The opinion of the court was delivered by: JOHN W. SEDWICK
Defendants Dan Carothers and Norman Anderson (defendants) have moved for summary judgment to dismiss plaintiff Cindy L. Galvan's claims of violations of her constitutional rights to due process, equal protection, freedom of religion, and to be free from cruel and unusual punishment arising during her confinement at Lemon Creek Correctional Center. Plaintiff opposes the motion. Magistrate Judge Branson heard oral argument and has filed a report and recommendation recommending that the court deny defendants' motion. Defendants have objected to the magistrate's report and recommendation. This court reviews the motion de novo.
Plaintiff was an inmate at Lemon Creek Correctional Center (LCCC) convicted of second degree murder.
Plaintiff has been the subject of several classification hearings and decisions at LCCC. Initially, defendant Dan Carothers, Superintendent of LCCC, classified plaintiff as a medium security/maximum custody prisoner. Plaintiff complains that she was excluded from the classification process and not informed of her right to challenge the classification. Plaintiff was classified as maximum security/maximum custody though she scored as a close custody prisoner after she had been placed in administrative segregation in February 1990. On January 31, 1991, plaintiff was released into the prison's general population. Plaintiff was transferred to a facility outside Alaska on September 25, 1991. On September 8, 1992, plaintiff returned to Alaska due to a disciplinary violation. On October 2, 1992, plaintiff was returned to LCCC where she was again classified as a maximum security/maximum custody prisoner. During her confinement as a maximum custody prisoner, and for the duration of her administrative segregation, plaintiff was placed in the last cell on Tier C. There were three other prisoners housed on the tier, all male.
Plaintiff has alleged a number of instances of verbal sexual harassment from the male prisoners. Plaintiff also alleges that she must shower in front of male correctional officers who can see her breasts. Additionally, plaintiff complains that she has no privacy when using the toilet in her cell, that other male prisoners can view her cell, and that she has been denied feminine hygiene products.
Plaintiff filed the present action to enjoin defendants from housing her on Tier C and to seek declaratory and monetary relief for alleged violations of her rights to due process, equal protection, and to be free from cruel and unusual punishment under the United States Constitution. This court granted plaintiff temporary injunctive relief requiring defendants to find plaintiff alternative prison housing. Defendants Carothers and Anderson now seek summary judgment on plaintiff's remaining claims.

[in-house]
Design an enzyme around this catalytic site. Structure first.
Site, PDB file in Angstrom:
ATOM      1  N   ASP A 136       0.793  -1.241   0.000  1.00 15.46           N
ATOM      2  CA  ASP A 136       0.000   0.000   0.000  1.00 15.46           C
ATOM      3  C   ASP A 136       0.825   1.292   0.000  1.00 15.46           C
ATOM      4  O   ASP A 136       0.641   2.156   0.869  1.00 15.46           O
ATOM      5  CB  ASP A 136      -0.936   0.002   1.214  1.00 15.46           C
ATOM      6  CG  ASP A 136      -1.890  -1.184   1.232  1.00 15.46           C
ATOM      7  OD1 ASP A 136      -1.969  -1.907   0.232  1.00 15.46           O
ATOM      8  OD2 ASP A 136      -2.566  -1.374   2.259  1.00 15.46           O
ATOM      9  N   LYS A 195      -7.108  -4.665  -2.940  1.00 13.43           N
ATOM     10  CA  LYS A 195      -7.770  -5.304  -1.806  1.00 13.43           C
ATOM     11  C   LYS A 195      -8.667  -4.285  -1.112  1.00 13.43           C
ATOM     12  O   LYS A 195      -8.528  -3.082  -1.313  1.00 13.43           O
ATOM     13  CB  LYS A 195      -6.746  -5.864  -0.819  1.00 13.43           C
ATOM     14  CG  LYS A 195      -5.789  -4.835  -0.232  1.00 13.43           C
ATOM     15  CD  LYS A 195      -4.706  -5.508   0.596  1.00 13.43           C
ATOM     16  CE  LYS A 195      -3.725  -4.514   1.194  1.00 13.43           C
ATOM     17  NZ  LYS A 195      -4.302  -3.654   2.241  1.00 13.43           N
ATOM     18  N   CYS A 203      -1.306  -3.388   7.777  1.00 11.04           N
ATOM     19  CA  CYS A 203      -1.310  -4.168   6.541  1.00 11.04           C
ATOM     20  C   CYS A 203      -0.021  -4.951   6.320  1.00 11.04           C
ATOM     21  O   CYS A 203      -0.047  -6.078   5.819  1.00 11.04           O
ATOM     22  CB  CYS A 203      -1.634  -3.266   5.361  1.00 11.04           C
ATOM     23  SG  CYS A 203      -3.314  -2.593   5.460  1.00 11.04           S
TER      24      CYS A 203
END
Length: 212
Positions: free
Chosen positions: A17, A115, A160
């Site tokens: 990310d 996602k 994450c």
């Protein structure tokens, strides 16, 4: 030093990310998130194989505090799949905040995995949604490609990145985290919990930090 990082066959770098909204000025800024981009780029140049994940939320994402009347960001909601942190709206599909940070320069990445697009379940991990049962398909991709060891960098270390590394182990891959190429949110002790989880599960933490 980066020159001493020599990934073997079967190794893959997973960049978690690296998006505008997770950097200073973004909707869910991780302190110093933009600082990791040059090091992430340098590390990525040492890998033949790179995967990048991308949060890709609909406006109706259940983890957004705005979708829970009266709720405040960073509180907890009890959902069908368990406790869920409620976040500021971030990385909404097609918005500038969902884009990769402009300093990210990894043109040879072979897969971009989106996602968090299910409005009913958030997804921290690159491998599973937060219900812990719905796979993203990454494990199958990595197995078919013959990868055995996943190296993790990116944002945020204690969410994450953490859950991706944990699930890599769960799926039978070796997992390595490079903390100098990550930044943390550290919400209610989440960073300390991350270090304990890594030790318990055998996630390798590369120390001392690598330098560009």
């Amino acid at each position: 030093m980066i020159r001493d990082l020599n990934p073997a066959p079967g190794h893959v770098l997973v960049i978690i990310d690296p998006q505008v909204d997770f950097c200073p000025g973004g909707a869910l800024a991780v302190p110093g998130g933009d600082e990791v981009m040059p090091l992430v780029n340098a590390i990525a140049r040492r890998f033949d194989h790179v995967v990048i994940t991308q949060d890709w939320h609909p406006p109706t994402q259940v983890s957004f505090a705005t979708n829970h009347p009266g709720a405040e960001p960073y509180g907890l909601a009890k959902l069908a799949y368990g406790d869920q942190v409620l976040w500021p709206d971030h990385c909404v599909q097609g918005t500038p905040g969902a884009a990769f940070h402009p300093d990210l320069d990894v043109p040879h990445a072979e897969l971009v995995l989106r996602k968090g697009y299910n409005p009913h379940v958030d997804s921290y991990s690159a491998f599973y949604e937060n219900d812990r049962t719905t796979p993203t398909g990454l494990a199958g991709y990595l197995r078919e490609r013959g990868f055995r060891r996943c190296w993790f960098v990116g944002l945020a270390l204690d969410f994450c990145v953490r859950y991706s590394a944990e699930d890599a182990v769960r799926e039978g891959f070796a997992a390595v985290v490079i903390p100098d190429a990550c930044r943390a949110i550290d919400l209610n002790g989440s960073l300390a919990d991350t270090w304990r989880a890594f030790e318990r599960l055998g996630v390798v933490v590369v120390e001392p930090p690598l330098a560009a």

A. Violation of Due Process
Plaintiff asserts a claim for violation of procedural due process arising from various classification decisions made during her incarceration at LCCC. Defendants believe that plaintiff has failed to demonstrate any due process interest in her classification. A prisoner has no due process right under the Due Process Clause of the Fourteenth Amendment in her classification. Moody v. Daggett, 429 U.S. 78, 88 n.9, 97 S. Ct. 274, 279 n.9, 50 L. Ed. 2d 236 (1976). However, a liberty interest may also arise from state law. Meachum v. Fano, 427 U.S. 215, 223-227, 96 S. Ct. 2532 at 2537-2540, 49 L. Ed. 2d 451 (1976). Defendants concede as much. Nevertheless, defendants characterize plaintiff's due process claims as unfounded.
It is clear that the state's failure to follow mandatory procedures may give rise to constitutional violations. Hewitt v. Helms, 459 U.S. 460, 472-73, 103 S. Ct. 864, 871-72, 74 L. Ed. 2d 675 (1983). However, the failure to follow mandatory procedures must result in some loss of a substantive right. Walker v. Sumner, 14 F.3d 1415, 1419 (9th Cir. 1994) ("In analyzing a procedural due process claim, a court must first determine whether the claimant has been deprived of a liberty or property interest protected by the Constitution. . . ."). The failure to follow mandatory procedures does not itself offend the constitution. Smith v. Noonan, 992 F.2d 987, 989 (9th Cir. 1993). The Ninth Circuit has made clear that "procedural requirements, even if mandatory, do not raise a constitutionally cognizable liberty interest." Toussaint v. McCarthy, 801 F.2d 1080, 1087 (9th Cir. 1986), cert. denied, 481 U.S. 1069, 95 L. Ed. 2d 871, 107 S. Ct. 2462 (1987).
State regulations and prison policies may create a liberty interest invoking procedural due process. Walker, 14 F.3d at 1419. Regulations and policies create such an interest only if they place "substantive limitations on official discretion." Smith v. Sumner, 994 F.2d 1401, 1405 (9th Cir. 1993) (quoting Olim v. Wakinekona, 461 U.S. 238, 249, 103 S. Ct. 1741, 1747, 75 L. Ed. 2d 813 (1983)). Sufficient limitation exists where a regulation includes "specific directives to the decisionmaker that if the regulatory substantive predicates are present, a particular outcome must follow." Id.
Plaintiff correctly notes that Alaska regulations and prison policies require that prisons use certain procedures to classify prisoners. An unsentenced prisoner has the procedural right to classification hearings after an initial classification, 22 AAC 05.226(c), as well as 48-hour notice of the hearing, 22 AAC 05.226(d), the right to be present at the hearing, present evidence, and cross-examine witnesses, State of Alaska, Department of Corrections, Policy and Procedure ("Policy and Procedure") § 735.03 VI.D.3.d.(2), incorporated by Policy and Procedure § 705.03 VI.B.2. The prisoner may also appeal a classification decision by the prison superintendent. Policy and Procedure § 705.03 VI.B.7. ...